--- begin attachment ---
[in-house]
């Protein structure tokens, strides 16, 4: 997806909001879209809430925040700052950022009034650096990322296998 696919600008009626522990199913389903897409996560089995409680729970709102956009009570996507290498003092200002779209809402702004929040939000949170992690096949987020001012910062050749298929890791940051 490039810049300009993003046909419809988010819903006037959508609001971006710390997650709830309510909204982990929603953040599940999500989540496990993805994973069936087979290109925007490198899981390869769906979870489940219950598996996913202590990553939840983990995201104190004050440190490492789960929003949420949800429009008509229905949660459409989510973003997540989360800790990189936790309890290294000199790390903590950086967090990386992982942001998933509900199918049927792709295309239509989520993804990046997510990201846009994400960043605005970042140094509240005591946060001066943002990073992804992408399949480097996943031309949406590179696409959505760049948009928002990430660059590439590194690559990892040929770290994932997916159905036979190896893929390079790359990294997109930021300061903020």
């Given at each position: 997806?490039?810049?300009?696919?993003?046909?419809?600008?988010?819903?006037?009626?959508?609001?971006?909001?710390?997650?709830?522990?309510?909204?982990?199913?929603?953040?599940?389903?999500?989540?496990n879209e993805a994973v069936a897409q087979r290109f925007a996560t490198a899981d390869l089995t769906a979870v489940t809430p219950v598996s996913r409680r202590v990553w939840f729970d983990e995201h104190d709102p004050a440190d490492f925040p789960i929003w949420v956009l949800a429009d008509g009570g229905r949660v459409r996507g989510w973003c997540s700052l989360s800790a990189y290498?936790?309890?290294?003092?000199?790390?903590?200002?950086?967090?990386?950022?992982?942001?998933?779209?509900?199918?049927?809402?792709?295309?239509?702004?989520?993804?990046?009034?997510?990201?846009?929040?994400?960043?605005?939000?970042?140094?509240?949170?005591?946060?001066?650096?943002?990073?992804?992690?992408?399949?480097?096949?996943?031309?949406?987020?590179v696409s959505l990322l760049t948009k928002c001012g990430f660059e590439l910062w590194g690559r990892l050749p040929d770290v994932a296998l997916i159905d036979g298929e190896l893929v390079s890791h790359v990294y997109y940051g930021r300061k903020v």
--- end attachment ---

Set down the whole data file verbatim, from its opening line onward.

[in-house]
């Protein structure tokens, strides 16, 4: 997806909001879209809430925040700052950022009034650096990322296998 696919600008009626522990199913389903897409996560089995409680729970709102956009009570996507290498003092200002779209809402702004929040939000949170992690096949987020001012910062050749298929890791940051 490039810049300009993003046909419809988010819903006037959508609001971006710390997650709830309510909204982990929603953040599940999500989540496990993805994973069936087979290109925007490198899981390869769906979870489940219950598996996913202590990553939840983990995201104190004050440190490492789960929003949420949800429009008509229905949660459409989510973003997540989360800790990189936790309890290294000199790390903590950086967090990386992982942001998933509900199918049927792709295309239509989520993804990046997510990201846009994400960043605005970042140094509240005591946060001066943002990073992804992408399949480097996943031309949406590179696409959505760049948009928002990430660059590439590194690559990892040929770290994932997916159905036979190896893929390079790359990294997109930021300061903020």
């Given at each position: 997806?490039?810049?300009?696919?993003?046909?419809?600008?988010?819903?006037?009626?959508?609001?971006?909001?710390?997650?709830?522990?309510?909204?982990?199913?929603?953040?599940?389903?999500?989540?496990n879209e993805a994973v069936a897409q087979r290109f925007a996560t490198a899981d390869l089995t769906a979870v489940t809430p219950v598996s996913r409680r202590v990553w939840f729970d983990e995201h104190d709102p004050a440190d490492f925040p789960i929003w949420v956009l949800a429009d008509g009570g229905r949660v459409r996507g989510w973003c997540s700052l989360s800790a990189y290498?936790?309890?290294?003092?000199?790390?903590?200002?950086?967090?990386?950022?992982?942001?998933?779209?509900?199918?049927?809402?792709?295309?239509?702004?989520?993804?990046?009034?997510?990201?846009?929040?994400?960043?605005?939000?970042?140094?509240?949170?005591?946060?001066?650096?943002?990073?992804?992690?992408?399949?480097?096949?996943?031309?949406?987020?590179v696409s959505l990322l760049t948009k928002c001012g990430f660059e590439l910062w590194g690559r990892l050749p040929d770290v994932a296998l997916i159905d036979g298929e190896l893929v390079s890791h790359v990294y997109y940051g930021r300061k903020v």